There are various scripts for a traditional Punch and Judy Show but for those unfamiliar with it the story always revolves around Mr Punch, his wife Judy and a cast of characters that usually includes a policeman, a butcher, a crocodile and the Devil. The Professors will often include other characters who are more relevant to a modern audience. You can read a typical script from the 1960s here.
Usually, the story is a series of short scenes rather than a whole story. Punch always behaves badly and hits the other characters with his slap stick. It’s traditional for the audience to participate by shouting out warnings to Punch or Judy when danger appears. The characters will often break the fourth wall and address the audience too.
I’ve seen a few Punch and Judy shows as an adult and while I don’t usually enjoy violence I do appreciate the satire that sometimes creeps into the scripts and it is fun even though it is not very PC.
Until just a few years ago there was a Professor here in Tasmania and Naomi and I saw the show a couple of times at different events around Hobart before he retired. Before the show he would come around the audience with some large puppets to talk to the children and at the beginning would always announce that of course it was just make believe I guess to reassure any children who might be frightened or maybe to stop them from thinking it was OK to throw the baby out the window, steal sausages or hit people with sticks.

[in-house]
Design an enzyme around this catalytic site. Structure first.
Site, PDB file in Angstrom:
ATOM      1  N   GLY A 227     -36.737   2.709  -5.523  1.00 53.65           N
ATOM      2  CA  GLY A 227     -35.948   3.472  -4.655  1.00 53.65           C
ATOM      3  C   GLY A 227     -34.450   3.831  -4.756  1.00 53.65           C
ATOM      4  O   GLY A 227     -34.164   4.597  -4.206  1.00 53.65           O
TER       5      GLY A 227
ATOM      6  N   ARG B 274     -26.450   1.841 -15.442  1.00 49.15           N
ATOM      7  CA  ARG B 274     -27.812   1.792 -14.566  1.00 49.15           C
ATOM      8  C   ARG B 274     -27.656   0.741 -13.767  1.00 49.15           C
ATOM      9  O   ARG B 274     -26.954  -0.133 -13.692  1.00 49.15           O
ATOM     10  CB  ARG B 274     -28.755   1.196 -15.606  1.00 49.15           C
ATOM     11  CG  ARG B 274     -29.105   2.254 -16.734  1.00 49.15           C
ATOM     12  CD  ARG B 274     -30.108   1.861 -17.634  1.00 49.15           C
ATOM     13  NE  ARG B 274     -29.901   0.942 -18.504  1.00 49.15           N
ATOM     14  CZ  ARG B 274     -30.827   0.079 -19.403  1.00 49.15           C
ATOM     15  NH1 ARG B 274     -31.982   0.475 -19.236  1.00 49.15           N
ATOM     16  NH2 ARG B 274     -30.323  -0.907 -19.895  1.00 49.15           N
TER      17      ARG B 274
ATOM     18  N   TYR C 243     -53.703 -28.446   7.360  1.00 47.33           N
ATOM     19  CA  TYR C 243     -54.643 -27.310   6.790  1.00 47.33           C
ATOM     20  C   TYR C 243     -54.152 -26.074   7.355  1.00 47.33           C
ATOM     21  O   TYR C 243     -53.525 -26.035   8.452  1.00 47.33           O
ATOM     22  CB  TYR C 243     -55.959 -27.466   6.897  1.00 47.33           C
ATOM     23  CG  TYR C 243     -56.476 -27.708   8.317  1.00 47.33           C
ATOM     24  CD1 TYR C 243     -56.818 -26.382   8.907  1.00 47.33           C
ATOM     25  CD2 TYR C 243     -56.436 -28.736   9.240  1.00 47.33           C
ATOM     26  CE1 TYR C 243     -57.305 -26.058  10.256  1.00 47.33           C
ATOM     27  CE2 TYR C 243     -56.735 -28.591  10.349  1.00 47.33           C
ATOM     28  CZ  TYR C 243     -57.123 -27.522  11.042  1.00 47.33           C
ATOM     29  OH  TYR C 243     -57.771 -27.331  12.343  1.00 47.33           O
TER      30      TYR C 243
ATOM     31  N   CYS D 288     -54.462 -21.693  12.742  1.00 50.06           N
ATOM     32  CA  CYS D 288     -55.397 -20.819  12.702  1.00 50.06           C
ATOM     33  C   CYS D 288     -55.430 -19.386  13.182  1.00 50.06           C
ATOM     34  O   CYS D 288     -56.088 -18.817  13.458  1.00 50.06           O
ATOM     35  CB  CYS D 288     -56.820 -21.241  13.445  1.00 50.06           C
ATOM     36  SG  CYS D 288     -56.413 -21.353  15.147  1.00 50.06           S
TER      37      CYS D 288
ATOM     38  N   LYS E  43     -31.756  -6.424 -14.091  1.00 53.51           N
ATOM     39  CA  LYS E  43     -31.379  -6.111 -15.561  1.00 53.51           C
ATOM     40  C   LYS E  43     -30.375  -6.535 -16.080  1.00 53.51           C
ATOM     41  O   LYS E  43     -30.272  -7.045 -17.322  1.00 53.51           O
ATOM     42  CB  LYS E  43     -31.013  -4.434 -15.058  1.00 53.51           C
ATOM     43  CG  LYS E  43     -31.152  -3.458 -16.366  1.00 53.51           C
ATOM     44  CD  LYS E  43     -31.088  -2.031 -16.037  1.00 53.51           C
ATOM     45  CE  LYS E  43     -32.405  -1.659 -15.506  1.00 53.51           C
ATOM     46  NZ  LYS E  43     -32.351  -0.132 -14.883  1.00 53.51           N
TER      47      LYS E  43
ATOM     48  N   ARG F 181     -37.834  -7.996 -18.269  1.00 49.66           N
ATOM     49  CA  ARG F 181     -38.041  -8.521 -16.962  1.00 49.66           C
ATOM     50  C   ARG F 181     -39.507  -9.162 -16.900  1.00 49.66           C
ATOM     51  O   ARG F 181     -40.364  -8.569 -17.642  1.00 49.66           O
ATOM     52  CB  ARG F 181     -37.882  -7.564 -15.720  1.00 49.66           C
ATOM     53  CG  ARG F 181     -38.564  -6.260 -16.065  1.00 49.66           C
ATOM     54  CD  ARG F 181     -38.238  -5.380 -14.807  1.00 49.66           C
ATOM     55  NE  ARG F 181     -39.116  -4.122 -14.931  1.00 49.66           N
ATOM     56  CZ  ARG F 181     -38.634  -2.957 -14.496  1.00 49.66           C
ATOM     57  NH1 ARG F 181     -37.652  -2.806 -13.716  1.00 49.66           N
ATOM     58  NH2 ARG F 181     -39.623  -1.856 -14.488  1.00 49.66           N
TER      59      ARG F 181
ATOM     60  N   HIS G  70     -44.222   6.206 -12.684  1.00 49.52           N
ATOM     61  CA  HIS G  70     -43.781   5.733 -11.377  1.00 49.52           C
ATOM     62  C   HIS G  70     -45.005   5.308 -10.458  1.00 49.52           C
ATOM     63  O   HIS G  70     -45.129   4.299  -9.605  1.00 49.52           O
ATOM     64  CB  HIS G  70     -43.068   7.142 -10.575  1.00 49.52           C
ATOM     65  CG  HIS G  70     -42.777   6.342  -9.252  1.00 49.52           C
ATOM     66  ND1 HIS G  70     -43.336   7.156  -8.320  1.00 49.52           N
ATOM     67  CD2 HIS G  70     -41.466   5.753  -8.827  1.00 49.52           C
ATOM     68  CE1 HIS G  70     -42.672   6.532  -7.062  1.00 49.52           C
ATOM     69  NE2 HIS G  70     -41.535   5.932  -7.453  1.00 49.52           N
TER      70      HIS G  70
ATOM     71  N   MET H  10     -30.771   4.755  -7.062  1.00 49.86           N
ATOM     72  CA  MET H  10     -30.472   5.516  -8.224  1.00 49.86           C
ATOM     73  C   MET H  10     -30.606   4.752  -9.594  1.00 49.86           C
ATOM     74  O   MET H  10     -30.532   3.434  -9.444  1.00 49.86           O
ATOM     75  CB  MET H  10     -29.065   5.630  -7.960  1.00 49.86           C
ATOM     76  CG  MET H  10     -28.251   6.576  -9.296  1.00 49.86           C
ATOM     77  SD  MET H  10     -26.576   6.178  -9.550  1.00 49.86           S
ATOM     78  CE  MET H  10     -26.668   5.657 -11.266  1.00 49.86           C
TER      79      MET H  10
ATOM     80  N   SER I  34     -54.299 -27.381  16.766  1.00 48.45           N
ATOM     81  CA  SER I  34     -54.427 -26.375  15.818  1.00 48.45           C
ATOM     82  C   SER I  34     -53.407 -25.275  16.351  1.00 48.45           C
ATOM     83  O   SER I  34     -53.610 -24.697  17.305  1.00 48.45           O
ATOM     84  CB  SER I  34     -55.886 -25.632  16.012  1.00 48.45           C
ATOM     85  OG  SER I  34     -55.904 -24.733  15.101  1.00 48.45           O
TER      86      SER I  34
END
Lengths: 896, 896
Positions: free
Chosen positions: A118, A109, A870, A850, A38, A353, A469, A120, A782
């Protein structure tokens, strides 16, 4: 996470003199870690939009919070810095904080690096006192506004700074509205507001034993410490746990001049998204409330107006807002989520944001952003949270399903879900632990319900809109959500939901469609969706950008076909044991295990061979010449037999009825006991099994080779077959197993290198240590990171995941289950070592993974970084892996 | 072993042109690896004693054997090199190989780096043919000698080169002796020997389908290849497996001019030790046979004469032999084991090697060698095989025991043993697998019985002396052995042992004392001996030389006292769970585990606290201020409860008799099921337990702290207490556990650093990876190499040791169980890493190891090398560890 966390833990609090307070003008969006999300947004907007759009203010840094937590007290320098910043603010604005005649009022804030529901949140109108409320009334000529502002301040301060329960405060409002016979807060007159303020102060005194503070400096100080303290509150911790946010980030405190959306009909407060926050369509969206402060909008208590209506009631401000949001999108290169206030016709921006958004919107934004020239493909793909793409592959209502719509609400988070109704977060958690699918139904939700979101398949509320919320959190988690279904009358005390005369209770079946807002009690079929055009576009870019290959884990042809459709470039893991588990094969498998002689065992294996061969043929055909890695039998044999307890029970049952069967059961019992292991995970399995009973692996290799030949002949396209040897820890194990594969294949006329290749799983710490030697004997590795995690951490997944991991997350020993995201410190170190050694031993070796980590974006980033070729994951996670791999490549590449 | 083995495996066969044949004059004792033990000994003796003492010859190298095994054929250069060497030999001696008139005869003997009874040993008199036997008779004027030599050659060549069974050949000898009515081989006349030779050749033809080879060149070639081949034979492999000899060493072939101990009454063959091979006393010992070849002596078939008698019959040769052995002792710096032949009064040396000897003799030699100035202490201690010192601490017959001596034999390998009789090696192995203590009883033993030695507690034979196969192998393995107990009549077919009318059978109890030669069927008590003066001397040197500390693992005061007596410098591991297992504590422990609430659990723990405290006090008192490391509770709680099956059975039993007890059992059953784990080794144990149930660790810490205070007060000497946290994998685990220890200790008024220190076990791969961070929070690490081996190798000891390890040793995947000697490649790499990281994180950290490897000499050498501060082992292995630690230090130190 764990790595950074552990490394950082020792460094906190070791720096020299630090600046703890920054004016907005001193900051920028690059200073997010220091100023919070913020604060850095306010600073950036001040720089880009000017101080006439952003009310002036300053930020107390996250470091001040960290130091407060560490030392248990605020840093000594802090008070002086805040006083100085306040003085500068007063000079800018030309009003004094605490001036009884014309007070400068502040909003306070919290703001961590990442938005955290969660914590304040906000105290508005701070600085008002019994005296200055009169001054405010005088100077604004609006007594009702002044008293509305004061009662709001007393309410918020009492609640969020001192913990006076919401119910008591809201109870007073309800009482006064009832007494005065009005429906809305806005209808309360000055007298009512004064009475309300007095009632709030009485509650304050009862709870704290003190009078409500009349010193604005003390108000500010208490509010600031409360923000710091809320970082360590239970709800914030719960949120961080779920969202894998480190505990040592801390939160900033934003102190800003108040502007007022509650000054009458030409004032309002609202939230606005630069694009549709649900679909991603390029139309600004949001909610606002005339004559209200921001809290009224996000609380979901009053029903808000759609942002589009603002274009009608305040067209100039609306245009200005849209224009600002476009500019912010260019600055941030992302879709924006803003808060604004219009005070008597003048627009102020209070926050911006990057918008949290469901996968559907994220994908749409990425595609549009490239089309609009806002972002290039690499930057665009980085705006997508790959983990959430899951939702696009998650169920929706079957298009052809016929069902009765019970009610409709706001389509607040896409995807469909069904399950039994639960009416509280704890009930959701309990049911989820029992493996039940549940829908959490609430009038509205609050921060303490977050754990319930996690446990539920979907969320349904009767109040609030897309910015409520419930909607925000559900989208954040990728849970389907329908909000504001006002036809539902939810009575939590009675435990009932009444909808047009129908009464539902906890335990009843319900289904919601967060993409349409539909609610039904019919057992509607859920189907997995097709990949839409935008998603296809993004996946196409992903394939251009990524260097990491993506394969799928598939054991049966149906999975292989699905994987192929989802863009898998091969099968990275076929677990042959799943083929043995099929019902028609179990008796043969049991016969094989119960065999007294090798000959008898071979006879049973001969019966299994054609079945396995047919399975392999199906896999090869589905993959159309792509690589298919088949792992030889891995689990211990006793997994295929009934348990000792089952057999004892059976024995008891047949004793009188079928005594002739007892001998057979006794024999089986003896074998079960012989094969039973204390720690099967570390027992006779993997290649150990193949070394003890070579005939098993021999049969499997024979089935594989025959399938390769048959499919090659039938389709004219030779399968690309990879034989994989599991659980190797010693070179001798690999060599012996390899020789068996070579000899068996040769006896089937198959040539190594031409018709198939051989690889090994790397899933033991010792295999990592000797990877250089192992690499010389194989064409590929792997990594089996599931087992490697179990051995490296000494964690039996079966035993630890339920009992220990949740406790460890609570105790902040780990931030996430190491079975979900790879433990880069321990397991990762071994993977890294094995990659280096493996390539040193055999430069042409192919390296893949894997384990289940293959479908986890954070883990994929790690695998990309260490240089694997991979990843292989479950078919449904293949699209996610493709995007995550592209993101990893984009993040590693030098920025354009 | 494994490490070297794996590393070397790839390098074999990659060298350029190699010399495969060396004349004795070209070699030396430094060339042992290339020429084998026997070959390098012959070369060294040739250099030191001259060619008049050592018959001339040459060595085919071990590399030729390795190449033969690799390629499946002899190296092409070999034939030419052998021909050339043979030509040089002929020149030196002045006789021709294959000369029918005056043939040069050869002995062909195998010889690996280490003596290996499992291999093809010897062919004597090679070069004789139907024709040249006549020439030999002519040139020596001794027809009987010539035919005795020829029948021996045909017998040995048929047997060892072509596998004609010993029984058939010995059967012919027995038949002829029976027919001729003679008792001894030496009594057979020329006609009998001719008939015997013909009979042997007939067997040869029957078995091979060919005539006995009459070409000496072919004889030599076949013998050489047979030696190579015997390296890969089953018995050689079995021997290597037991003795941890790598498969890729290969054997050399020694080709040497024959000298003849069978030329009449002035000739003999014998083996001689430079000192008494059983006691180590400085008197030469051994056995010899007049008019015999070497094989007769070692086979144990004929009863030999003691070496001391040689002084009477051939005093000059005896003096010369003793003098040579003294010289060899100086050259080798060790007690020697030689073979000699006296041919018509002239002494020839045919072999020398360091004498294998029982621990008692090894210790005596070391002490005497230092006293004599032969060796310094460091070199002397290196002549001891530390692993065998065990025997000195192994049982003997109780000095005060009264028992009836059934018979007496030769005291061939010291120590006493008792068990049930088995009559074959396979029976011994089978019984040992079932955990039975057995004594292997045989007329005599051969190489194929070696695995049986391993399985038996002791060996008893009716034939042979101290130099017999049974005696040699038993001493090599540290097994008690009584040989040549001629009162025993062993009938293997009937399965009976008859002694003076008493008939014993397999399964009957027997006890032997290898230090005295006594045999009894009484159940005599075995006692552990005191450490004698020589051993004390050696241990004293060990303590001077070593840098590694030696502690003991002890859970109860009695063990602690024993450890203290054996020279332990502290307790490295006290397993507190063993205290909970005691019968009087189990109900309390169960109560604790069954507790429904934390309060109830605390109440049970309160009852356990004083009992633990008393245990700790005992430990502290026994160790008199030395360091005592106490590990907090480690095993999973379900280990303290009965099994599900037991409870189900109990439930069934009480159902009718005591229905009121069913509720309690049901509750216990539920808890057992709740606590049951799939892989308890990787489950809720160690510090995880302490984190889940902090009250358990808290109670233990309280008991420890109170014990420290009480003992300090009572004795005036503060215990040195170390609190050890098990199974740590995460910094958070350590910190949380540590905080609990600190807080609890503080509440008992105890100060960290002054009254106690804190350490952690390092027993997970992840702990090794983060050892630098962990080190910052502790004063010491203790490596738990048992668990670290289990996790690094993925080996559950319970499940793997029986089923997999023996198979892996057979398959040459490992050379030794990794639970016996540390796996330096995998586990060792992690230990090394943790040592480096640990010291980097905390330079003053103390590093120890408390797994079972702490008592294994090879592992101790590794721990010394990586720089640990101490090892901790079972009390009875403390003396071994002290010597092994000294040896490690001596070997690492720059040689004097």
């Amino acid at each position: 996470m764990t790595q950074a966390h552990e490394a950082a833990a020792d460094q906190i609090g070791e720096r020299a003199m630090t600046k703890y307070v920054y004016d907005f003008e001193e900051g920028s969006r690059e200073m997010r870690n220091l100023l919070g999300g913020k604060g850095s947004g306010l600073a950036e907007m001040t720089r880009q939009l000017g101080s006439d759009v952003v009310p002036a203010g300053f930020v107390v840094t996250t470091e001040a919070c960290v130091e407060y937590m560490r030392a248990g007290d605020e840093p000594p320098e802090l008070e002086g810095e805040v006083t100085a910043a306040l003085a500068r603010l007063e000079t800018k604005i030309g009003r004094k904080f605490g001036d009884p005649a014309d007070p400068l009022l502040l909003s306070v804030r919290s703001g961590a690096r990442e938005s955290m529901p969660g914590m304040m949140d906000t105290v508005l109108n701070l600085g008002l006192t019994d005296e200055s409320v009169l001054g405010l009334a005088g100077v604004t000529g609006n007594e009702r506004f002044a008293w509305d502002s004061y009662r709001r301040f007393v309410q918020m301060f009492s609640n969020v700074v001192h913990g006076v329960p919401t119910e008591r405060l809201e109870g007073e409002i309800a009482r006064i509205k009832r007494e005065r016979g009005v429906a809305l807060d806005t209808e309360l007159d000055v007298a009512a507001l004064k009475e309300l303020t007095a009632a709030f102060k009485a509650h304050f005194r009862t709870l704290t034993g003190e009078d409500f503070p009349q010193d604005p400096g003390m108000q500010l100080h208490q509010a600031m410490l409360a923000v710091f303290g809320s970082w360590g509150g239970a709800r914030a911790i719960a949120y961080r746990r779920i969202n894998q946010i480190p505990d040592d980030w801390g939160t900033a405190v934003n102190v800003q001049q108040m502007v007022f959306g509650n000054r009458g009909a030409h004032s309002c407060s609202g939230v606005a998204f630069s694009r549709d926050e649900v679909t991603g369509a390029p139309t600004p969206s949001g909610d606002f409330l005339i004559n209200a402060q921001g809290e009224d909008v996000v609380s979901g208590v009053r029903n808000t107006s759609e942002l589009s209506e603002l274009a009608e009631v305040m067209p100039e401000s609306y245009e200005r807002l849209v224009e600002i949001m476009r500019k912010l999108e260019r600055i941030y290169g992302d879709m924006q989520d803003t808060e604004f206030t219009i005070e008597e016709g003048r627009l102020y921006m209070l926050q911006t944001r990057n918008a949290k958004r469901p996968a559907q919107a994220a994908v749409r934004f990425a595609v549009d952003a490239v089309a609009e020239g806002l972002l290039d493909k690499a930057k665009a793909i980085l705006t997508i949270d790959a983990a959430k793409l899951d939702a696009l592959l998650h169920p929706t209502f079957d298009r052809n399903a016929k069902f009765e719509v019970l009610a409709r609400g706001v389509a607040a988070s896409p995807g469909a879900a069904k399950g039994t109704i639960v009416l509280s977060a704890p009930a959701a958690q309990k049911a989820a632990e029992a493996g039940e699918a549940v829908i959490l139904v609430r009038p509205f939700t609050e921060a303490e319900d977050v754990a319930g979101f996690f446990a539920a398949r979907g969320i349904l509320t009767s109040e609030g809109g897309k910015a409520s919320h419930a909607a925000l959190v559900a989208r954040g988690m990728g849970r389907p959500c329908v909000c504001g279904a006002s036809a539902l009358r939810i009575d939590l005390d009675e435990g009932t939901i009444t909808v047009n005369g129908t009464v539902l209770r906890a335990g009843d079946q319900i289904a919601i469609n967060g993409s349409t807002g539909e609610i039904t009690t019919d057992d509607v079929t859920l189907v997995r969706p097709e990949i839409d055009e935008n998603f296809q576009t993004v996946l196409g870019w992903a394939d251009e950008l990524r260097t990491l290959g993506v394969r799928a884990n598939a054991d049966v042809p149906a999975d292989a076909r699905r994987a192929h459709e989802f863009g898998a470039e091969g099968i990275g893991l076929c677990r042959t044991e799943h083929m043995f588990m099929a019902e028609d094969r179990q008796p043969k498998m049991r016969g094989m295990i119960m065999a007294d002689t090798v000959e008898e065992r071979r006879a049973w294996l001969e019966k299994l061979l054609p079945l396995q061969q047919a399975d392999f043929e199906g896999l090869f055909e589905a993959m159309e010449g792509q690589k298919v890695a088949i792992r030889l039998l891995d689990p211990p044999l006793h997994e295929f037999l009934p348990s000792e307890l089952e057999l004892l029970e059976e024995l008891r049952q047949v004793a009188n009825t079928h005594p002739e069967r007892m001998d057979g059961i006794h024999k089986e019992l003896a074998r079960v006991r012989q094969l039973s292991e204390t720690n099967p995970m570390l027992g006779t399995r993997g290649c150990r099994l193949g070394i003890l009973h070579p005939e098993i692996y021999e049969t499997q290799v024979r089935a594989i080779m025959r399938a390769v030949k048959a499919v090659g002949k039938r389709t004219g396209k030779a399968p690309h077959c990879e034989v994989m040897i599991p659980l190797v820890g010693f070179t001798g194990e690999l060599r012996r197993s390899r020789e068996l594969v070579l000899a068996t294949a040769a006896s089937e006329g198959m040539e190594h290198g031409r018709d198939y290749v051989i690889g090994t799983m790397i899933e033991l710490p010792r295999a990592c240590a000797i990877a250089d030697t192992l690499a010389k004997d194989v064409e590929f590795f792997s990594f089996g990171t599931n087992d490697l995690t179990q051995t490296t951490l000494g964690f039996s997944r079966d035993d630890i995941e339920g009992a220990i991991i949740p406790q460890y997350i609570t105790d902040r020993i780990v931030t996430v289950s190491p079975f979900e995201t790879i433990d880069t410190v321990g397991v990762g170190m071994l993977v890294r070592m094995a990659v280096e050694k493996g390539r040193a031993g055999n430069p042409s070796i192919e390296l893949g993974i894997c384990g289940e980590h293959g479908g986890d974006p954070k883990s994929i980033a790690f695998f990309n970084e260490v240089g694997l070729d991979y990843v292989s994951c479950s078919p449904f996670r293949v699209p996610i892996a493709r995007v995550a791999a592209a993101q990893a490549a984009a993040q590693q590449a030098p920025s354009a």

Naomi and I are just back from our trip to Sisters Beach. We left Oatlands early on Thursday morning. It is a long drive but despite wet weather and roadworks we made good time and had time for lunch at the local shop and a quick drive around the neighbourhood before going to the house.
We were hoping to show you some photos of the house but due to some miscommunication between the owner and our real estate agent, we arrived to find that the tenants were in the process of moving out. We were able to have a look around but didn’t take any photos inside we will have to keep you in suspense for a couple more weeks.
We did manage to take some nice photos of the beach between showers though. It’s just as beautiful as we thought it would be. Here are a few of my photos and below Naomi’s photos and impressions of the day. I have read that it is possible to see whales and dolphins from the shore at this time of year and I am looking forward to that. Once we get settled we’re going to research the history of the area a little more and we’ll share what we find here.